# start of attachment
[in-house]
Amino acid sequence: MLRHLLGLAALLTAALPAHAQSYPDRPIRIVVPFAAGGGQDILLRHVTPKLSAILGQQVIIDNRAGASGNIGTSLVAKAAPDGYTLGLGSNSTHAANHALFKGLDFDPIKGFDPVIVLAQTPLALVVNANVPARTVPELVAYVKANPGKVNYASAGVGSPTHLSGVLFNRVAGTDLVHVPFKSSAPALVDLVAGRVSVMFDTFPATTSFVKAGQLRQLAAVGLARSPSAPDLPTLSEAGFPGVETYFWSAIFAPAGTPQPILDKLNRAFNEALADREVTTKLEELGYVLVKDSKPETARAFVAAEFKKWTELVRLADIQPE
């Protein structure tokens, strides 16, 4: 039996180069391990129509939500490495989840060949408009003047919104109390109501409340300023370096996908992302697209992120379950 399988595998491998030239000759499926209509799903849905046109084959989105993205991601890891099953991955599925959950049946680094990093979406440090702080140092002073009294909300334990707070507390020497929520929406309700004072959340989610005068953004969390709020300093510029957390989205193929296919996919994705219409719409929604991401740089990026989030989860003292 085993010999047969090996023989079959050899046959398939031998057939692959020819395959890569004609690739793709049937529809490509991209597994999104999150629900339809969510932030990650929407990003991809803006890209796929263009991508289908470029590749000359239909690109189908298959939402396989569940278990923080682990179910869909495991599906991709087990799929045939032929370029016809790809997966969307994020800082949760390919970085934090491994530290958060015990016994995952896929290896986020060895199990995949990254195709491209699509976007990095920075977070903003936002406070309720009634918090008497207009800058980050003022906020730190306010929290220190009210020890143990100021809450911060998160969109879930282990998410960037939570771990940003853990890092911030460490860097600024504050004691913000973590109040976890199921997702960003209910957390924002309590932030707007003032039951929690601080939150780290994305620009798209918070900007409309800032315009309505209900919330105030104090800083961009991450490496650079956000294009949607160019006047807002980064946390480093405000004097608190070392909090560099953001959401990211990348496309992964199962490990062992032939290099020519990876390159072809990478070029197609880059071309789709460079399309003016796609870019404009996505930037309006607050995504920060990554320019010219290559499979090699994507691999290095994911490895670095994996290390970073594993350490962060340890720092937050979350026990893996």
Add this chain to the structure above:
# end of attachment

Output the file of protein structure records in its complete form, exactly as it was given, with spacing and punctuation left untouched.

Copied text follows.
[in-house]
Amino acid sequence: MLRHLLGLAALLTAALPAHAQSYPDRPIRIVVPFAAGGGQDILLRHVTPKLSAILGQQVIIDNRAGASGNIGTSLVAKAAPDGYTLGLGSNSTHAANHALFKGLDFDPIKGFDPVIVLAQTPLALVVNANVPARTVPELVAYVKANPGKVNYASAGVGSPTHLSGVLFNRVAGTDLVHVPFKSSAPALVDLVAGRVSVMFDTFPATTSFVKAGQLRQLAAVGLARSPSAPDLPTLSEAGFPGVETYFWSAIFAPAGTPQPILDKLNRAFNEALADREVTTKLEELGYVLVKDSKPETARAFVAAEFKKWTELVRLADIQPE
């Protein structure tokens, strides 16, 4: 039996180069391990129509939500490495989840060949408009003047919104109390109501409340300023370096996908992302697209992120379950 399988595998491998030239000759499926209509799903849905046109084959989105993205991601890891099953991955599925959950049946680094990093979406440090702080140092002073009294909300334990707070507390020497929520929406309700004072959340989610005068953004969390709020300093510029957390989205193929296919996919994705219409719409929604991401740089990026989030989860003292 085993010999047969090996023989079959050899046959398939031998057939692959020819395959890569004609690739793709049937529809490509991209597994999104999150629900339809969510932030990650929407990003991809803006890209796929263009991508289908470029590749000359239909690109189908298959939402396989569940278990923080682990179910869909495991599906991709087990799929045939032929370029016809790809997966969307994020800082949760390919970085934090491994530290958060015990016994995952896929290896986020060895199990995949990254195709491209699509976007990095920075977070903003936002406070309720009634918090008497207009800058980050003022906020730190306010929290220190009210020890143990100021809450911060998160969109879930282990998410960037939570771990940003853990890092911030460490860097600024504050004691913000973590109040976890199921997702960003209910957390924002309590932030707007003032039951929690601080939150780290994305620009798209918070900007409309800032315009309505209900919330105030104090800083961009991450490496650079956000294009949607160019006047807002980064946390480093405000004097608190070392909090560099953001959401990211990348496309992964199962490990062992032939290099020519990876390159072809990478070029197609880059071309789709460079399309003016796609870019404009996505930037309006607050995504920060990554320019010219290559499979090699994507691999290095994911490895670095994996290390970073594993350490962060340890720092937050979350026990893996």
Add this chain to the structure above: